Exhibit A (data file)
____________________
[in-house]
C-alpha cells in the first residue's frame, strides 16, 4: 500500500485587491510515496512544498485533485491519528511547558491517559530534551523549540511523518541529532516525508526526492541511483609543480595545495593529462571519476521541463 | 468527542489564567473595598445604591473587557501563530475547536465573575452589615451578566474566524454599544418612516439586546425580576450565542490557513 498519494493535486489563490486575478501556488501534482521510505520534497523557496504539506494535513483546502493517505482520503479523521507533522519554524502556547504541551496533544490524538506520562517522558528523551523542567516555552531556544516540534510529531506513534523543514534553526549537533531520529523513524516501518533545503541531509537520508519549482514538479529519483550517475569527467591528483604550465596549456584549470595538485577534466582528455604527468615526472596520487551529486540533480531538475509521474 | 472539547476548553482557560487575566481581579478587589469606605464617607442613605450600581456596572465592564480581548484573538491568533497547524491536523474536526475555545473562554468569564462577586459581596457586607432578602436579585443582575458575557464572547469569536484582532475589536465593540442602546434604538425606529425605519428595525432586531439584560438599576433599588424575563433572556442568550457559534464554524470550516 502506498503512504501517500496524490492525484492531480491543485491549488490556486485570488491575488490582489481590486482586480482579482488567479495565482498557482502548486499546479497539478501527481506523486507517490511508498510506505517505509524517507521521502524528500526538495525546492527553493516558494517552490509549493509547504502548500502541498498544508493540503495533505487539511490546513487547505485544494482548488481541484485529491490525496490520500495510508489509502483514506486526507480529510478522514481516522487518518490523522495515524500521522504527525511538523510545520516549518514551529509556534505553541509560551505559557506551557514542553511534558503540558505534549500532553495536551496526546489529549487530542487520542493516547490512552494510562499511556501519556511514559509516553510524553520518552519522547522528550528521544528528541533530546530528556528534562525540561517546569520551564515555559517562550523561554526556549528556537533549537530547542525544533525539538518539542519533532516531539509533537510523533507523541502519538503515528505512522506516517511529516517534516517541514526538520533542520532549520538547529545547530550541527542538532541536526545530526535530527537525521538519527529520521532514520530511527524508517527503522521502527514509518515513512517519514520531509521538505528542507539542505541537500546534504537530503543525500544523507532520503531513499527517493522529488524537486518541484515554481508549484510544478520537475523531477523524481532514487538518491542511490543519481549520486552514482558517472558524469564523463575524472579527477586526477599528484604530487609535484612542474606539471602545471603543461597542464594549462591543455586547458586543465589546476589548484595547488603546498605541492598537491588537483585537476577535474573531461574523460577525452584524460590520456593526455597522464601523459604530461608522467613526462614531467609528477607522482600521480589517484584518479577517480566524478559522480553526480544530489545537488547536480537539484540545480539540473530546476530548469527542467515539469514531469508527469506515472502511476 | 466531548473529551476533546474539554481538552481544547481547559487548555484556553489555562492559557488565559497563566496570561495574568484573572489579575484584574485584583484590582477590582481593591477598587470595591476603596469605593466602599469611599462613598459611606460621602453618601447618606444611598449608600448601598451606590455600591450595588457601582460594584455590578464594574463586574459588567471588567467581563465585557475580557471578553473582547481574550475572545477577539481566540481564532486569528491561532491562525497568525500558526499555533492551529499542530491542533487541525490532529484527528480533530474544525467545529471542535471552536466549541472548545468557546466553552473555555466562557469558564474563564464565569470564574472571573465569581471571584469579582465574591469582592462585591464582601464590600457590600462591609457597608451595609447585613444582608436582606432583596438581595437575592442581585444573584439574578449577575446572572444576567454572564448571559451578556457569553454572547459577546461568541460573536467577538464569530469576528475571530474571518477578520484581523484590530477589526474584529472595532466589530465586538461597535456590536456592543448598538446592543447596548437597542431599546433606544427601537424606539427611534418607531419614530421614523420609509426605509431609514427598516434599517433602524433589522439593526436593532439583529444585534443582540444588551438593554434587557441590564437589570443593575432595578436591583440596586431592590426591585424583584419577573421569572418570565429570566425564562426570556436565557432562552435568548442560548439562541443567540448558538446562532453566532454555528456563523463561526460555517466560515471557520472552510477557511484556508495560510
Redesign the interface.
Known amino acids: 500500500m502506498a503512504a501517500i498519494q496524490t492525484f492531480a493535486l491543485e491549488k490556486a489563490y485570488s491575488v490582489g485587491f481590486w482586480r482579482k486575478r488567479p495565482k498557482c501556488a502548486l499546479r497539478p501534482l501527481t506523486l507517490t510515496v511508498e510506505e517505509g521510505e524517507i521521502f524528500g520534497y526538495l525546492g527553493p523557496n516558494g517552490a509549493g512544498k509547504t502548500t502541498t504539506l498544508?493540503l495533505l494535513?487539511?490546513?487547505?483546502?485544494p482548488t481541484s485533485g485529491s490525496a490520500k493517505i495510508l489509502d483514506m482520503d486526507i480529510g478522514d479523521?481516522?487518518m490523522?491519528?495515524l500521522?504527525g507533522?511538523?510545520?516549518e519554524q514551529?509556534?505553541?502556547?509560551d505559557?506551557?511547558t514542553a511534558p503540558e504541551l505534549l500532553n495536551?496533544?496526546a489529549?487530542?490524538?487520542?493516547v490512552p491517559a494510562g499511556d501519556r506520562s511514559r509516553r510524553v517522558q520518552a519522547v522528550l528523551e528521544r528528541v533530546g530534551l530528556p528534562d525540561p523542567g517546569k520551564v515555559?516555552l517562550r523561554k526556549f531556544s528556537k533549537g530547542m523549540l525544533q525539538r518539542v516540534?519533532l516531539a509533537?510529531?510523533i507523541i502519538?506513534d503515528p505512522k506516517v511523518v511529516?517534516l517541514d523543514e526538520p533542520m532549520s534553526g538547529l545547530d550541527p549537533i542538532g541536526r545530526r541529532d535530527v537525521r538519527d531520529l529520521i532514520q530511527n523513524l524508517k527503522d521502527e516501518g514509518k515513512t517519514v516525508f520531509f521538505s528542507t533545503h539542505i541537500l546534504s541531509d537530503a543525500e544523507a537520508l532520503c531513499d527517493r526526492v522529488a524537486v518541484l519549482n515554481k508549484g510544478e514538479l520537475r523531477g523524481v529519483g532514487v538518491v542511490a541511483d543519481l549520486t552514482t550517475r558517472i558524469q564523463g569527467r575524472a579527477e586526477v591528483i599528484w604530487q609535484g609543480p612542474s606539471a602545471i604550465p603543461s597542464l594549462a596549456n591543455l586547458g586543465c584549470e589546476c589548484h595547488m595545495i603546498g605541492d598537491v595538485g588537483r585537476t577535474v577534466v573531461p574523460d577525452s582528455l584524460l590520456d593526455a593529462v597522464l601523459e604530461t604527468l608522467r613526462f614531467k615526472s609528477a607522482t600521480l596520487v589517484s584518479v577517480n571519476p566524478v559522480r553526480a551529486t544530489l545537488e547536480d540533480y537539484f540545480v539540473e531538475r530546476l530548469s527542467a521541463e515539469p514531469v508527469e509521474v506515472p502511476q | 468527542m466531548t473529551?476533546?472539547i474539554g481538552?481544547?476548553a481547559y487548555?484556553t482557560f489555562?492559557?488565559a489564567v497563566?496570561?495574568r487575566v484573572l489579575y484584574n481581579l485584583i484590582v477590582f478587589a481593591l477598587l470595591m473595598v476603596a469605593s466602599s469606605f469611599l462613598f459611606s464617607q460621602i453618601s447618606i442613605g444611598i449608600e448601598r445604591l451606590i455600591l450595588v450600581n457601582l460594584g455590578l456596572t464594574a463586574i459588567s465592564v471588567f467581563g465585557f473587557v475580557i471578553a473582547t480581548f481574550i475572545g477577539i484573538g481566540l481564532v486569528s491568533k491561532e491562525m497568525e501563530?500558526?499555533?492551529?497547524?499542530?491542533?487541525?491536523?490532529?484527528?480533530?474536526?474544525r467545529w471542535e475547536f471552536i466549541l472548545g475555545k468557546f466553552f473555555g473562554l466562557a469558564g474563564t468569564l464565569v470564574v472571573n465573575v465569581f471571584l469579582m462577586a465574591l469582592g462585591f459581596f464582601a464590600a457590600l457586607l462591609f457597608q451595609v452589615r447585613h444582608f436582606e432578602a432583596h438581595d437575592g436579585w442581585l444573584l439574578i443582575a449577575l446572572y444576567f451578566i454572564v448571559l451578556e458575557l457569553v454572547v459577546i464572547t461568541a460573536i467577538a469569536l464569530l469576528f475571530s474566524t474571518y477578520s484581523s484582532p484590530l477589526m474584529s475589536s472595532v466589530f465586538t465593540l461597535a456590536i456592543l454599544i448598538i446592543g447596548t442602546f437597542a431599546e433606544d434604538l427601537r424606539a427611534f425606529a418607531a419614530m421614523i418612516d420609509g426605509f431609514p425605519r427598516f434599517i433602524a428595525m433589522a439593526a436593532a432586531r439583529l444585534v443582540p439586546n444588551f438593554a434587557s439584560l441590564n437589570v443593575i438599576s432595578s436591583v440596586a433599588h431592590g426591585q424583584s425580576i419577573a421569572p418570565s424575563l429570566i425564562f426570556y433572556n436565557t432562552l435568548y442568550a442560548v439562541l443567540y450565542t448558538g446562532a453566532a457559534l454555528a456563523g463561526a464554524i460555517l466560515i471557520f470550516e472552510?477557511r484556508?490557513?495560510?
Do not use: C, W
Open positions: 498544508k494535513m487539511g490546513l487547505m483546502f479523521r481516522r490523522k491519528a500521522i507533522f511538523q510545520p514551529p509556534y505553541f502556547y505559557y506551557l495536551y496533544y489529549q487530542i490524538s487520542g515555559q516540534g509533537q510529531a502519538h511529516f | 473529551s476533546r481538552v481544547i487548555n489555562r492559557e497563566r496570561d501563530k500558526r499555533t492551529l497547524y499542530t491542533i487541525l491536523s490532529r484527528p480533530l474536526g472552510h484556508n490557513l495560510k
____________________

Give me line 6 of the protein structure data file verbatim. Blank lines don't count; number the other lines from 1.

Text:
Open positions: 498544508k494535513m487539511g490546513l487547505m483546502f479523521r481516522r490523522k491519528a500521522i507533522f511538523q510545520p514551529p509556534y505553541f502556547y505559557y506551557l495536551y496533544y489529549q487530542i490524538s487520542g515555559q516540534g509533537q510529531a502519538h511529516f | 473529551s476533546r481538552v481544547i487548555n489555562r492559557e497563566r496570561d501563530k500558526r499555533t492551529l497547524y499542530t491542533i487541525l491536523s490532529r484527528p480533530l474536526g472552510h484556508n490557513l495560510k